The solar-powered camera is located near the McDonald Summit at the highest point of Highway 24, about 90 kilometres east of 100 Mile House.
Police are investigating after a Ministry of Transportation highway camera was found to have been vandalized with what appear to be shotgun pellets.
The solar-powered camera is located near the McDonald Summit at the highest point of Highway 24, about 90 kilometres east of 100 Mile House. The camera, which is pointed westbound, is used to monitor and report road conditions year-round and is usually available through the Drive BC website.
The McDonald Summit camera feed was also relied on heavily during the 2017 wildfire evacuations.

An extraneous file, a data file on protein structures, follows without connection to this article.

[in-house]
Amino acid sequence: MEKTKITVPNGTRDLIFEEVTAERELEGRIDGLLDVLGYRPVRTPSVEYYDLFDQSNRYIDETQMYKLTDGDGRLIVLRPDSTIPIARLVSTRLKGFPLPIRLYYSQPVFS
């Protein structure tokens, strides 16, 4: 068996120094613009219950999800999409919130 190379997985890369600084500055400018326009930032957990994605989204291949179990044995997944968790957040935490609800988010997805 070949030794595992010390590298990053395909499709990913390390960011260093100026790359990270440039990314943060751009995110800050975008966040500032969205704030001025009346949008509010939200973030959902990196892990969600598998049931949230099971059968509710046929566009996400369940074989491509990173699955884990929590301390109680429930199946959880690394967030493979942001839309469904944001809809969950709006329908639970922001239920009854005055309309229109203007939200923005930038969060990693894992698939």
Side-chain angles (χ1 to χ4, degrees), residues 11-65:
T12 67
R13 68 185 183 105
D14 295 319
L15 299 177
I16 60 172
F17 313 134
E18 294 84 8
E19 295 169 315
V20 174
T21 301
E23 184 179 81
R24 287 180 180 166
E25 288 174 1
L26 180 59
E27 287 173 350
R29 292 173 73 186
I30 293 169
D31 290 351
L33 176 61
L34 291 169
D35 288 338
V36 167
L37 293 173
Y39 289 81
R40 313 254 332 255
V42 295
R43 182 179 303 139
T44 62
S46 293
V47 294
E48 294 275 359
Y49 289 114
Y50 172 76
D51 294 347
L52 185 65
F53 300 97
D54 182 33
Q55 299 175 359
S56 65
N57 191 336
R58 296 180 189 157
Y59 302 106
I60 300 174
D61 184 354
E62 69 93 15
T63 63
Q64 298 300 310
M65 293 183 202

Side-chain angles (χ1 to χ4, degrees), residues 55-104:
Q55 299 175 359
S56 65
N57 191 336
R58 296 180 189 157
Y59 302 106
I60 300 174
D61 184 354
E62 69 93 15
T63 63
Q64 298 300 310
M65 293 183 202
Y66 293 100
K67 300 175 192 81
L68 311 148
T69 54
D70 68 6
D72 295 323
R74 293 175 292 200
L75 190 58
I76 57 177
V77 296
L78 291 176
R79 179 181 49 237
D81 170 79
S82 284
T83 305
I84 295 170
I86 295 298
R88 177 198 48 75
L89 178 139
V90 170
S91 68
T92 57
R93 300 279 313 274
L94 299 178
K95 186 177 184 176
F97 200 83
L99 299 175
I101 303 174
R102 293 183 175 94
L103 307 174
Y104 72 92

According to spokeswoman Danielle Pope with B.C.’s Ministry of Transportation, the vandalism was discovered by a maintenance contractor on June 10 and reported to the ministry.
Photos of the damage show several small round indents scattered across the camera’s solar panel. The glass cover on the camera body had also been shattered, leaving only a jagged frame around the lens.
Because the highway cameras only capture images at 15-minute intervals, the vandal was not caught on camera.
The camera’s feed on the Drive BC website currently shows a note indicating technical difficulties. A ministry staffer also took to the @TranBC Twitter account to explain why the camera feed was down, sharing photos of the damage.
“Due to the public safety risk associated with this vandalism, the ministry has notified RCMP about the incident,” Pope said in an email Tuesday to Postmedia.
While there have been previous incidents of vandalism to ministry property, it is the first time a ministry highway camera has been reported damaged with a shotgun.
The cost of repairs is yet to be determined.